On our trip across the US, I had the joy and privilege of mentoring several aspiring authors. I’ve come to believe that’s part of my calling, so I’ve decided to begin freelancing as a writer’s coach. Click here if you’d like more info. I’m also going to post writing-related articles in hopes of helping other authors.
- Jump right into the action and then insert the background info.
Notice how the story starts immediately, without spending a chapter on Katniss’ story or what the Hunger Games are – “When I wake up, the other side of my bed is cold.” We don’t even learn the narrator’s name until page 5.
Instead, Collins deftly weaves the background in. “[I] grab my forage bag.” Without telling us that she is telling us, Collins tells us a lot about Katniss’ family and how they live. The result is a book that keeps a great pace without sacrificing depth.
What does this mean for you? There’s a fair chance you could remove the first chapter of your book and end up with a better story. Just because Tolkien could begin with chapters of background information doesn’t mean you can! (BTW, I’d argue that Tolkien was great in spite of such chapters, not because of them.)
- Show, don’t tell.
Related to the previous lesson, notice how little “telling” Collins does:
Our part of District 12, nicknamed the Seam, is usually crawling with coal miners heading out to the morning shift at this hour. Men and women with hunched shoulders, swollen knuckles, many of whom have long since stopped trying to scrub the coal dust out of their broken nails and the lines of their sunken faces.
Pay attention to how much information is hidden in those two sentences and how well she paints a picture.
Now read a sample of your work and highlight every place you tell the reader something. Challenge yourself to show it instead. It will be slow work at first, but (like any habit) it will become easier and eventually become second nature.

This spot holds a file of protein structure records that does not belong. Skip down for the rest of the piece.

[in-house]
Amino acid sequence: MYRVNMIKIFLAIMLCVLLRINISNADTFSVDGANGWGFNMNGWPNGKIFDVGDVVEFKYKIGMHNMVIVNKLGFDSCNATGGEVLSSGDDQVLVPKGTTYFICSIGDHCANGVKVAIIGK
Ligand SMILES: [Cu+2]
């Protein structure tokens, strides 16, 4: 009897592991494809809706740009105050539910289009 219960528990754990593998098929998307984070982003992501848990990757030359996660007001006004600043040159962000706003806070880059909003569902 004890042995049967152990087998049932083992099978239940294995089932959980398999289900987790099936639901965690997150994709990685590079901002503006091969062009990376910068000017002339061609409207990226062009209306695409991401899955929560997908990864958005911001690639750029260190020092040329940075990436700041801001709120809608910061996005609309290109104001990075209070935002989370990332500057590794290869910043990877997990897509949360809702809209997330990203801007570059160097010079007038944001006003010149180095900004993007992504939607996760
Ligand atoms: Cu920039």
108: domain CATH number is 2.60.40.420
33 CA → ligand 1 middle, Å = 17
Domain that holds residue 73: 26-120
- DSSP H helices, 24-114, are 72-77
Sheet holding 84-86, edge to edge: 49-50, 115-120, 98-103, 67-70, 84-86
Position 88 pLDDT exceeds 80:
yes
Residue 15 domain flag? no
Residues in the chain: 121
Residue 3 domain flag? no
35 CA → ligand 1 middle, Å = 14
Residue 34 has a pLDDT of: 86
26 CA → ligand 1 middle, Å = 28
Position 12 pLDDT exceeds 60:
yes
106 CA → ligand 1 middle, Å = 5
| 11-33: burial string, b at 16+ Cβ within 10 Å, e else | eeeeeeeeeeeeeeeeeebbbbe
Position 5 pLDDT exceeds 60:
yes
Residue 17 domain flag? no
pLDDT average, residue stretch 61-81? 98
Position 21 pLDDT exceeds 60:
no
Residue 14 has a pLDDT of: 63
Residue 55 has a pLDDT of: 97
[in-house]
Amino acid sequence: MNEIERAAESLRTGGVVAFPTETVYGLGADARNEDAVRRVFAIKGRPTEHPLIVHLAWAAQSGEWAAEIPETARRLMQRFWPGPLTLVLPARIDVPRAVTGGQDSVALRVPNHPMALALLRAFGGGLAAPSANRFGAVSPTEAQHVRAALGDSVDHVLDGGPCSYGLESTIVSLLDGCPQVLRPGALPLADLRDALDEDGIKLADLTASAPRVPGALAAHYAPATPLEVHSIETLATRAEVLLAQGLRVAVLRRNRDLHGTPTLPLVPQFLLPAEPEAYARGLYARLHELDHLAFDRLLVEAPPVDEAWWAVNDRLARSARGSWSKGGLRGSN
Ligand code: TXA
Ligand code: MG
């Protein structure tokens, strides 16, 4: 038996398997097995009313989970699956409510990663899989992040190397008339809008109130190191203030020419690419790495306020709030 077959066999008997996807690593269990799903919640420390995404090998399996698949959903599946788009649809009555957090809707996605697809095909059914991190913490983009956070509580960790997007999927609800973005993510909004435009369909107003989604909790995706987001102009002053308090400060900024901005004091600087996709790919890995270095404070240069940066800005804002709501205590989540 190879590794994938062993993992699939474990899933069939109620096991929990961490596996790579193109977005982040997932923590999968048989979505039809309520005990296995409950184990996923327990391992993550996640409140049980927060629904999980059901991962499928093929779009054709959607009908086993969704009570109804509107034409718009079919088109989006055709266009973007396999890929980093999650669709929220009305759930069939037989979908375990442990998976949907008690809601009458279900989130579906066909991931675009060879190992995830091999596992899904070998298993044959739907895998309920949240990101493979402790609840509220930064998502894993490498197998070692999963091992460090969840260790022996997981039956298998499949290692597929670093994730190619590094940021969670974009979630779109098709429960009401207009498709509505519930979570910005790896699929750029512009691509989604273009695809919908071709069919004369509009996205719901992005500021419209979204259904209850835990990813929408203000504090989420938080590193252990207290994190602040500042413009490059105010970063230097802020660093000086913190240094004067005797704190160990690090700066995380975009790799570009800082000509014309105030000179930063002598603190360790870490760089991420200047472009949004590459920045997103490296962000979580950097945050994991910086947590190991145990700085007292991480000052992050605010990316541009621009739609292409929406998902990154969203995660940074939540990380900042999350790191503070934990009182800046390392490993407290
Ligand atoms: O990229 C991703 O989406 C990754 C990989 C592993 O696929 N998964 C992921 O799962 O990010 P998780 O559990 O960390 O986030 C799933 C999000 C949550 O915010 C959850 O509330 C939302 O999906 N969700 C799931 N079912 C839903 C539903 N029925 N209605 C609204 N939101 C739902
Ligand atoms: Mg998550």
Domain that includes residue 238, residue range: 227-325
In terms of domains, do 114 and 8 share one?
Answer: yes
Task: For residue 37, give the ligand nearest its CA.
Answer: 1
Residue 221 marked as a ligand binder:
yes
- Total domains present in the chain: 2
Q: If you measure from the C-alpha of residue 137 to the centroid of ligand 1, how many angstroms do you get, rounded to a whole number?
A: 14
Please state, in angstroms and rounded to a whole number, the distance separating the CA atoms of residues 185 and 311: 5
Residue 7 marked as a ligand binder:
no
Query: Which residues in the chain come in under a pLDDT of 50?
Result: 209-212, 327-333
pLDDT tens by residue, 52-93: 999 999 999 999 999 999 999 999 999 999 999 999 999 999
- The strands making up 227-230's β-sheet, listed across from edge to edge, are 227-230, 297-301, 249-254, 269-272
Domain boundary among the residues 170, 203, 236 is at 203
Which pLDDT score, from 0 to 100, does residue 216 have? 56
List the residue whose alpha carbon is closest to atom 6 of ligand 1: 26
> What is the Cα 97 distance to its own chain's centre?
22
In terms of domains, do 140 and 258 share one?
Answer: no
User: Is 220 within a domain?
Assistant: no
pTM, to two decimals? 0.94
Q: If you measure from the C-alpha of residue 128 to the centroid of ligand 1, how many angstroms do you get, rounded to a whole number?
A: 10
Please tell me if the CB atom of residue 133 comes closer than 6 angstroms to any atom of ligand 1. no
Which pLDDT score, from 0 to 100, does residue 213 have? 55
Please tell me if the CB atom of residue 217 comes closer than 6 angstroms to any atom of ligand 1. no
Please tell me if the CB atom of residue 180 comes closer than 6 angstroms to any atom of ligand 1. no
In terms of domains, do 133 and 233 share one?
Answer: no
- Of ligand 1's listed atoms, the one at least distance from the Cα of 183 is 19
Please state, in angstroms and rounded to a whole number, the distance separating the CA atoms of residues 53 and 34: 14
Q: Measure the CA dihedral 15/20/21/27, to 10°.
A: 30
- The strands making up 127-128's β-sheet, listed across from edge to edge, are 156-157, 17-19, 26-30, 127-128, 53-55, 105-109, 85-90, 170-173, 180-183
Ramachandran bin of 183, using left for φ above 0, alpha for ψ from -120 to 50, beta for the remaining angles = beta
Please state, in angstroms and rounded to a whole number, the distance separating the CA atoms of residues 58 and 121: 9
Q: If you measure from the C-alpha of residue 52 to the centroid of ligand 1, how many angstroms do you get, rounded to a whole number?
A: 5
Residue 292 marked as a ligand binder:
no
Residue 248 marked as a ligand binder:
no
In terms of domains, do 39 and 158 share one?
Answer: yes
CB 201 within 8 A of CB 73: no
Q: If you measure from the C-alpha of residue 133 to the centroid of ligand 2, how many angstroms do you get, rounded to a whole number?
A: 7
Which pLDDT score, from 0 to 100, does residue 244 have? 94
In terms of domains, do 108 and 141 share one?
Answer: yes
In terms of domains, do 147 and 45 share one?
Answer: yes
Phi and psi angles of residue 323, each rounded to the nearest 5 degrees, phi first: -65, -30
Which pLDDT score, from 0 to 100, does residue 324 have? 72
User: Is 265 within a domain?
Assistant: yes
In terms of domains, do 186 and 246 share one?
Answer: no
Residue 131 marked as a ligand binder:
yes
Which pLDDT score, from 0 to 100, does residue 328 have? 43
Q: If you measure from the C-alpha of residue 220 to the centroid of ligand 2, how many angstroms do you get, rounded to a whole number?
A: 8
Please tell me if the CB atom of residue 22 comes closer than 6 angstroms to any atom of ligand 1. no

- This takes practice.
Now the bad news. No one is born writing this well. Not only did Collins write seven books before The Hunger Games, but she was also a screenwriter for years before that.
Everyone (myself included) wants to believe that their first book will be amazing, but good writing just takes a lot of practice. If you’re not willing to write half a dozen mediocre books in order to write one good one, this might not be the industry for you.
- Our stories should be eerily familiar
The most disturbing thing about The Hunger Games was not children fighting to the death (though that was enough), it was how familiar Katniss’ world looked to me. The Capitol was not that different from modern America. The Hunger Games not that different than watching “Survivor.”
Someone (I think it was Robert McKee) said that we read fiction in order to visit a world we’ve never been to, but then find ourselves once we get there. Sometimes we’ll like what we see about ourselves. Sometimes we won’t. Sometimes it will give us encouragement, sometimes a sharp rebuke.
The first part of that lesson is that our stories must connect with something deep inside our reader.
The second part is the danger of creating stories that we think they’ll relate to. But this results in stories that feel contrived. Better to tell stories that we relate to, then make sure the reader can see what we see. That is how The Hunger Games was born:
Flipping through the channels, Collins was suddenly struck by the lack of distinction between reality TV and coverage of the Iraq war. “We have so much programming coming at us all the time,” she says. “Is it too much? Are we becoming desensitized to the entire experience?…I can’t believe a certain amount of that isn’t happening.” Biography.com
I’d love to hear your thoughts – which of those lessons catches you the most? What would you add?